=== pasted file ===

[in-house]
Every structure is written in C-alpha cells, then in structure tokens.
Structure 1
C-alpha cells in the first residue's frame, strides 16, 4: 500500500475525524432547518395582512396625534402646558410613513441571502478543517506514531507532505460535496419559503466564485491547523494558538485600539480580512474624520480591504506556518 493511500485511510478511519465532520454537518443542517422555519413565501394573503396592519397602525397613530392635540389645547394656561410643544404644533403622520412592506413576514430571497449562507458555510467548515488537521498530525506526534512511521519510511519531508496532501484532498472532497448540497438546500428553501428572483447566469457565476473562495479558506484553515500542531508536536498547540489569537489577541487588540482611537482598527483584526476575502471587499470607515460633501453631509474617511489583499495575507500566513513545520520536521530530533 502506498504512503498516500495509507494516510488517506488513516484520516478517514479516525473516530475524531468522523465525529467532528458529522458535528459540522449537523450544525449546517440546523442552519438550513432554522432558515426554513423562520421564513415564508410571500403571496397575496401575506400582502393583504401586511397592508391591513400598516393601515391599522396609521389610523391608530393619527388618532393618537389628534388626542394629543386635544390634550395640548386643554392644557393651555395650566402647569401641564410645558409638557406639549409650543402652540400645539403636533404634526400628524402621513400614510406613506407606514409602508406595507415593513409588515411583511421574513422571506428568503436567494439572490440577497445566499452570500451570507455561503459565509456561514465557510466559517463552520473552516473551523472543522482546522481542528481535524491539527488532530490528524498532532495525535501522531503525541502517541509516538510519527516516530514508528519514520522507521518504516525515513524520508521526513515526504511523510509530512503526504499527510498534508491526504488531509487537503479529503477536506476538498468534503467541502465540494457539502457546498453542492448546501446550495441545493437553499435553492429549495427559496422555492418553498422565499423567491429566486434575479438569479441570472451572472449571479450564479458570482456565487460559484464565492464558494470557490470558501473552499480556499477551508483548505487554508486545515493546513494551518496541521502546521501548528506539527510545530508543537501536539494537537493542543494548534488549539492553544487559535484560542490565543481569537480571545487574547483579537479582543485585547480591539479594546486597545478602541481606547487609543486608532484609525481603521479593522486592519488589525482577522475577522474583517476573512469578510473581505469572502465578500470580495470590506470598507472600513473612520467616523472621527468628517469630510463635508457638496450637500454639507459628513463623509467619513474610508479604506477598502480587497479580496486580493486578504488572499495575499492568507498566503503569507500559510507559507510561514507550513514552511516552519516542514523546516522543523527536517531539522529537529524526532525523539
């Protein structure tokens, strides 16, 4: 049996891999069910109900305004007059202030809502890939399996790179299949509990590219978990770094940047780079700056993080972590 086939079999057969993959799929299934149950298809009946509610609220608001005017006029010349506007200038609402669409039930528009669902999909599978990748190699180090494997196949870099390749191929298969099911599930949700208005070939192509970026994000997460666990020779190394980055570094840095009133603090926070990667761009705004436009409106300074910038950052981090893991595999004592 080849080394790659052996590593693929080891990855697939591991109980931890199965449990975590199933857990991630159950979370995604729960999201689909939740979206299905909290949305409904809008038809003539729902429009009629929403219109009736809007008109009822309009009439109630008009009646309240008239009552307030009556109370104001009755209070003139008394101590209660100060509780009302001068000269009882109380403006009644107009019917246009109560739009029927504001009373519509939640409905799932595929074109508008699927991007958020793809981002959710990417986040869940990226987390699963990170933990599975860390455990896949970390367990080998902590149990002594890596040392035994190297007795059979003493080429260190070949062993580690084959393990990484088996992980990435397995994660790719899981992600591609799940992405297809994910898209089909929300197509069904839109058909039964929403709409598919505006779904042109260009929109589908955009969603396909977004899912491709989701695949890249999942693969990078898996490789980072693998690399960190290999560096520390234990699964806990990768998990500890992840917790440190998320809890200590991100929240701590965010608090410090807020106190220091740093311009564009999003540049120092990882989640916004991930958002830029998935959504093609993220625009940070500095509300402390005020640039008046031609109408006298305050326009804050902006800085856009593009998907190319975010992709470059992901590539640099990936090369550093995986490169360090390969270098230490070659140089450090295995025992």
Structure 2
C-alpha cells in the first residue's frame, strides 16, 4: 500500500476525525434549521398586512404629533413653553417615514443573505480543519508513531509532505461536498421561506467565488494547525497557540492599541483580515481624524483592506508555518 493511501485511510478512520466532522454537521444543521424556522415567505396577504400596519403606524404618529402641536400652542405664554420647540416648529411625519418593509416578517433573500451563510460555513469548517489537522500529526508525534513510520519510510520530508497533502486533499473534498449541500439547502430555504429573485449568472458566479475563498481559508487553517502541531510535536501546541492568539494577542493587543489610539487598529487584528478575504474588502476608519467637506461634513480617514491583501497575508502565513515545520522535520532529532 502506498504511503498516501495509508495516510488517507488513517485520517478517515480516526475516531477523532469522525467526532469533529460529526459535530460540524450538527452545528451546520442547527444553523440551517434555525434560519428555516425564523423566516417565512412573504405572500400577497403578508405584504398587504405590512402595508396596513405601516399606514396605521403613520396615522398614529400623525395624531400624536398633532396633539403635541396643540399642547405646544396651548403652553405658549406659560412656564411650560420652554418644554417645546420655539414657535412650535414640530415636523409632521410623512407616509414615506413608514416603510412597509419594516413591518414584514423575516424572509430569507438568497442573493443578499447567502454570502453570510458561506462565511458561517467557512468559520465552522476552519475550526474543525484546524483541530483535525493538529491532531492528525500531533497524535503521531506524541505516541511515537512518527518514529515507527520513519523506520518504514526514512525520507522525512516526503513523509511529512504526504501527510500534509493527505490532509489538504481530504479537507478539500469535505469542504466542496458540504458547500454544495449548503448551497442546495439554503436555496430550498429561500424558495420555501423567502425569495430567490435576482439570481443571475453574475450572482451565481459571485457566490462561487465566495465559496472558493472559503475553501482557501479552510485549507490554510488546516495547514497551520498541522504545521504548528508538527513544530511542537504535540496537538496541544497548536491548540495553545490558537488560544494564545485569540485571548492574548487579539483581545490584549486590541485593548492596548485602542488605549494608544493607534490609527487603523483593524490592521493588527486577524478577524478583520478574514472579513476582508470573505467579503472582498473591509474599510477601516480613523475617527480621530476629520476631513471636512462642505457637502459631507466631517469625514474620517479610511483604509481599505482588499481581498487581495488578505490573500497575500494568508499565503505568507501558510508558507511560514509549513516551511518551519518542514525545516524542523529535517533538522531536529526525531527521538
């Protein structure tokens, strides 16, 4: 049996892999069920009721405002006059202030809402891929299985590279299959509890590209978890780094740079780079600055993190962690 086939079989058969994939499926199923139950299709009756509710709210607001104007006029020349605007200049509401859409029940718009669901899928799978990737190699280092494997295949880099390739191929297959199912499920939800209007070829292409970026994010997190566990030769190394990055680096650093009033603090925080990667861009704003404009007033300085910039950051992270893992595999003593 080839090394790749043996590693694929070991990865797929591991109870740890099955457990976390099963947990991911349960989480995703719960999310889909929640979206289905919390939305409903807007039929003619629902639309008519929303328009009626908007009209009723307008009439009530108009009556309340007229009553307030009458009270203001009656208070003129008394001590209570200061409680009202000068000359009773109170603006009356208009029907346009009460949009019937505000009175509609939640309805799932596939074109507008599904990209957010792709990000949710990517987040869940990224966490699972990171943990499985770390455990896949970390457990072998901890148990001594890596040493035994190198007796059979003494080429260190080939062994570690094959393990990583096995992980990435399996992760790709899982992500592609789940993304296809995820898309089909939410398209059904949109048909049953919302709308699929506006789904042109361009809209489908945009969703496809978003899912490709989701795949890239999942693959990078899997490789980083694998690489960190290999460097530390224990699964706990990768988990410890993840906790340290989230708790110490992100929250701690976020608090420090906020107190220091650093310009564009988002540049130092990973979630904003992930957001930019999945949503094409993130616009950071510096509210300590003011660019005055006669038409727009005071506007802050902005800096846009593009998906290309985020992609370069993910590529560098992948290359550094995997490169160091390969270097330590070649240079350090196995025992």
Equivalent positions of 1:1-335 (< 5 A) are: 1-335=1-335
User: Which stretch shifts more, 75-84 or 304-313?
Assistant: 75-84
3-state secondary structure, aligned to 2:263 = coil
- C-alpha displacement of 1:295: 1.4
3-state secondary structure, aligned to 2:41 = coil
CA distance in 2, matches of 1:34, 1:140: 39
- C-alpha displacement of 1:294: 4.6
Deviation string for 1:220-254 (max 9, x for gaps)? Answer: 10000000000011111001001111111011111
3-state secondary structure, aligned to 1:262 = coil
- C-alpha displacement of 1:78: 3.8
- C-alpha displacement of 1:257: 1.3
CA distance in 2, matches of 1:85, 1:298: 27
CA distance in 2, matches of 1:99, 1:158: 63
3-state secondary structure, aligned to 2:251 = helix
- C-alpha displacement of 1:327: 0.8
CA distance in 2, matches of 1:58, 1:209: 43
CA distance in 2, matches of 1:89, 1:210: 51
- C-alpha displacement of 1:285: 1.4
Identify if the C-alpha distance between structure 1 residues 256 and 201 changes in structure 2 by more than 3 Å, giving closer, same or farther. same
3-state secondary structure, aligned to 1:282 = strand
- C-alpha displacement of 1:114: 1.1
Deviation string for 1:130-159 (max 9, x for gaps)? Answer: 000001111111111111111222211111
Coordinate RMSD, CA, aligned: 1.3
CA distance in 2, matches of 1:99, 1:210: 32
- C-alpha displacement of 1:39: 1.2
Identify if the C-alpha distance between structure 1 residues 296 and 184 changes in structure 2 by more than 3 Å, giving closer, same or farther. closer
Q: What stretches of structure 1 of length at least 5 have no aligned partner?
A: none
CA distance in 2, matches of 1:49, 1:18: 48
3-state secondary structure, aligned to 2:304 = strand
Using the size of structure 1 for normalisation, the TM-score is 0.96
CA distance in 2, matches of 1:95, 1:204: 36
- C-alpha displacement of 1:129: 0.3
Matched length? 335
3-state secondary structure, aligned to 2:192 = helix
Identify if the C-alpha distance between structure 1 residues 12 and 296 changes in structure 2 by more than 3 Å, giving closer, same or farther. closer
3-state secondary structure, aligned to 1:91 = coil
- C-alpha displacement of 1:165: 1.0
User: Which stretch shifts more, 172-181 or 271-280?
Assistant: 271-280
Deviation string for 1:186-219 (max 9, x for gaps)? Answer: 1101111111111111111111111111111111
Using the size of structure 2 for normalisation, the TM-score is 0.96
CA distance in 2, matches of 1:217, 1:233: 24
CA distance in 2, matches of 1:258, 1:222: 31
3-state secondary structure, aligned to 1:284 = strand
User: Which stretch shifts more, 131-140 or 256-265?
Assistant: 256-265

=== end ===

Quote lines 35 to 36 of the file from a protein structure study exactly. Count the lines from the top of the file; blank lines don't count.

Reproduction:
Identify if the C-alpha distance between structure 1 residues 296 and 184 changes in structure 2 by more than 3 Å, giving closer, same or farther. closer
Q: What stretches of structure 1 of length at least 5 have no aligned partner?